If a puppy has 1 shot out of the 2 first vaccinations before it goes to a home that is recent parvo infected how safe would it be?
This question is in relation to my earlier question which you can find on this link: https://answers.yahoo.com/question/index;_ylt=Aj6I...
The puppy would have its second vaccination after the 2 week waiting period but it would spend 2 weeks in this house without full protection.
The reason I am asking this is because I know that puppies get a certain amount of immunisation from its mothers milk that lasts a while even after weaning.
I would be so appreciative if you could answer both questions.
- 6 years agoFavorite Answer
This is a bit of a long winded answer, but hopefully it'll help.
Firstly, you're right in saying that puppies get some immunisation from their mothers but the problem is that pup's antibody absorption from the mother's milk rapidly declines after 24hrs, so if the puppy didn't get a lot of milk in its first 24h of life, it won't have that much immunity from its mum.
The immunity that the puppy gets from its mum doesn't last for long either. By the time the pup is 30 days old, its immunity from its mum has dropped to 1-3% of its original value. So the pup is obviously very vulnerable at this stage. Also faster growing breeds 'get rid' of their maternal antibodies quicker than slower growing breeds.
The problem with vaccination is, if its given while the maternal antibodies are still at a high level, they will stop the vaccination working (they 'block' the vaccination). So the vaccine must be given when the level of maternal antibodies has naturally dropped low enough. But then the vaccination takes time to work, so you can see there is a window where the puppy hardly has any antibodies from mum left, and the vaccination hasn't taken effect yet.
The reason that puppies have to have 2 injections, is that the first injection will provide cover for the puppies where the maternal antibodies have dropped quite early. The second injection covers those that still had a high level of maternal antibodies when the first injection was given, and so the first vaccine would have been blocked, but by the time the second vaccine is given, the maternal antibodies will have dropped and they'll be covered by the second one.
With parvovirus, there could be a window of up to 5 weeks where the pup is very vulnerable. At the time of first vaccination the pup might have a high enough level of antibodies to block the vaccine, but the antibody level could be too low to fight off an infection if it was exposed to parvo. It wouldn't have any immunity until 2 weeks after the second vaccination.
Because parvovirus is so good at surviving in the environment, I would avoid putting any puppy in a house where an animal had died of parvovirus. And since Rottweilers seem to be more susceptible, then I think you would be asking for trouble big time.
I'm not sure if you're saying you're getting the puppy, or your friend is, but if it's you who's getting one, I would keep it away from your friends house, and ask your friend to disinfect her shoes and hands before coming in to your house.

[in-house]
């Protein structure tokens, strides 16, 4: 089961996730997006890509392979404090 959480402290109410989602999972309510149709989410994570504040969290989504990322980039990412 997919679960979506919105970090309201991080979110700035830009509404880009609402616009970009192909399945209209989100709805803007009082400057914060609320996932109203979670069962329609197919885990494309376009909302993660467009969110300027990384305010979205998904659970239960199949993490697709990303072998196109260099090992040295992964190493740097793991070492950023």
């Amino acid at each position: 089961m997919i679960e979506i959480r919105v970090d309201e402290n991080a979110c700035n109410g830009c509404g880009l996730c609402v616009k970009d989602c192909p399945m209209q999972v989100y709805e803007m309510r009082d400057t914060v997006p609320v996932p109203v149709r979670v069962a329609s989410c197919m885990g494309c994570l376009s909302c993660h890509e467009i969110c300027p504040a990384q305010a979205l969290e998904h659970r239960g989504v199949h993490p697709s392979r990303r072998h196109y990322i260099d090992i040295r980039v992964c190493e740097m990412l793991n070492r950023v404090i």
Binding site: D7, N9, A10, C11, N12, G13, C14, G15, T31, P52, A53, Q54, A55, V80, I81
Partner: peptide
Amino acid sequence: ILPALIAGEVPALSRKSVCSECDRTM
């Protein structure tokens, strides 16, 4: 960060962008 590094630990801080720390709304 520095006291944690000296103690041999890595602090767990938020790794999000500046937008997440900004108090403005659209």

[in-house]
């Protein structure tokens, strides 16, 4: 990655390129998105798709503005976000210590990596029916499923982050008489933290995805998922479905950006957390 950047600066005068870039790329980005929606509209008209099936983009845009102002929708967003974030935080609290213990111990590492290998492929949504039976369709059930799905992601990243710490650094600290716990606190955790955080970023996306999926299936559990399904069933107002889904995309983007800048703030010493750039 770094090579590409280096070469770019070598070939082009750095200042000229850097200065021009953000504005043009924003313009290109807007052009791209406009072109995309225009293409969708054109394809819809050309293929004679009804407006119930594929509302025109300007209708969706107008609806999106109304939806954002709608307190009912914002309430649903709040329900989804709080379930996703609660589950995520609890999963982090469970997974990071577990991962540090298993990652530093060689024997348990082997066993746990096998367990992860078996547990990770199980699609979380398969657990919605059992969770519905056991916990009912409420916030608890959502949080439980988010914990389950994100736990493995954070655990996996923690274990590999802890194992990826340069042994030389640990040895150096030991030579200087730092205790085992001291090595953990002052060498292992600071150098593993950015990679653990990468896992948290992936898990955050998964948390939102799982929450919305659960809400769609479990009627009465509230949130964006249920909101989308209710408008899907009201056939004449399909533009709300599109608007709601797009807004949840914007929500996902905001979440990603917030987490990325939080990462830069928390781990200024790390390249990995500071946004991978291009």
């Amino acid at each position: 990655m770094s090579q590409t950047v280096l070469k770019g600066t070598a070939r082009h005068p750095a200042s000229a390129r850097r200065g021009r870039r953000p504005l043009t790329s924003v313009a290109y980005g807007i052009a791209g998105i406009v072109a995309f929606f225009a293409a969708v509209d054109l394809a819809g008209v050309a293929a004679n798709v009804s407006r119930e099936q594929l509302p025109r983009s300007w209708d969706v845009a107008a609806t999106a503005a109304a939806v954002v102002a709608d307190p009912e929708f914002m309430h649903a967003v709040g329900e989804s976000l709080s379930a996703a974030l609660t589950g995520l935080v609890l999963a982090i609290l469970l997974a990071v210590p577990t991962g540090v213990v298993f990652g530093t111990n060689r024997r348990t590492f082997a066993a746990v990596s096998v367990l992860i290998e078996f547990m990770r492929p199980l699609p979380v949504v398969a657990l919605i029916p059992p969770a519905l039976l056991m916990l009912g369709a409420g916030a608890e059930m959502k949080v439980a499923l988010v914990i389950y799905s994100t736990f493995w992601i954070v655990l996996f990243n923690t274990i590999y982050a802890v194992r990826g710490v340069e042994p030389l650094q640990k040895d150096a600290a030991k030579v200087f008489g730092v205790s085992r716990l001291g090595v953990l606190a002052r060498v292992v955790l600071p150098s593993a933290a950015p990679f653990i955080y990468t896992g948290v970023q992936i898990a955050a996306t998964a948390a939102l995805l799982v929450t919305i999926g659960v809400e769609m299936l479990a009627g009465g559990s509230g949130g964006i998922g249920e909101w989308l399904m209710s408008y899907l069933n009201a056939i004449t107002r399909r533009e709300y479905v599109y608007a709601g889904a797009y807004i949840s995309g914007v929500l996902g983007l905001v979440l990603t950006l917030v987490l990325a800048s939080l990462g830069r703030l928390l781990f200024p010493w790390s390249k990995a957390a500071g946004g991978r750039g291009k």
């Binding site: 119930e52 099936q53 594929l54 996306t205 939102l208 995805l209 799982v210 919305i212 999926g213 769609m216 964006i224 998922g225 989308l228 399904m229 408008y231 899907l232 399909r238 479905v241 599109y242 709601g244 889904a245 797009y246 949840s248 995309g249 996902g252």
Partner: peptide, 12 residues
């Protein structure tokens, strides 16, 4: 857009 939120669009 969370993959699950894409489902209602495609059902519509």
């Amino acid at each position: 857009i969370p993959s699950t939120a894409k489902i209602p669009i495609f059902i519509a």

Best of luckSource(s): Vet student
- Anonymous6 years ago
The puppy is not safe at all. Vaccinations at 6 weeks have only a 25% chance of "taking" due to interference by maternal antibodies. As you're aware, those antibodies can wear off at any time, and that leaves a "window of susceptibility" during which the puppy can contract parvo even if he is on a good schedule for vaccinations. I'll find a link for you that explains that really well.
The parvo virus WILL still be in your friend's house and yard. It survives 6 months to 2 or more years, can only be killed with bleach. The only dog your friend should get is a dog at least 20 weeks of age that was last vaccinated for parvo at 18 weeks of age or older (allowing 10 to 14 days for the puppy to produce his own antibodies).
Here's the article I mentioned: http://www.peteducation.com/article.cfm?c=2+2115&a... . Show it to your friend. If he ends up getting a dog anyway, all you can do is hope it's one of the minority who was protected by its first shot (maternal antibodies wore off early).
BTW, be aware that parvo can be tracked in on their (or your) shoes. If you get a new puppy yourself, avoid your friend's house and don't allow them near your home or puppy until the puppy has had at least 3 shots.
- bluebonnetgrannyLv 76 years ago
I wouldn't get a puppy until the yard & house has been cleaned of parvo.
Don't get a pup now or it will almost certainly die of parvo.
Talk to your Vet about this & get advice from him/her. They have something that works or there couldn't be new puppies coming in for their 3 puppy shots, given two to three week apart. What do they use to clean up after a infected pup?
- Anonymous6 years ago
I personally wouldn't risk it before all necessary vaccines (even with the breast feeding)
Best advice to give you would be to phone a couple of your local vets and ask them all your questions, explain the situation and see what they can tell you. Make sure to talk to a couple though so you're able to have a full understanding and a second opinion. It's easy to talk to people over the Internet but unfortunately 95% aren't experts. Hope I helped, good luck 🐶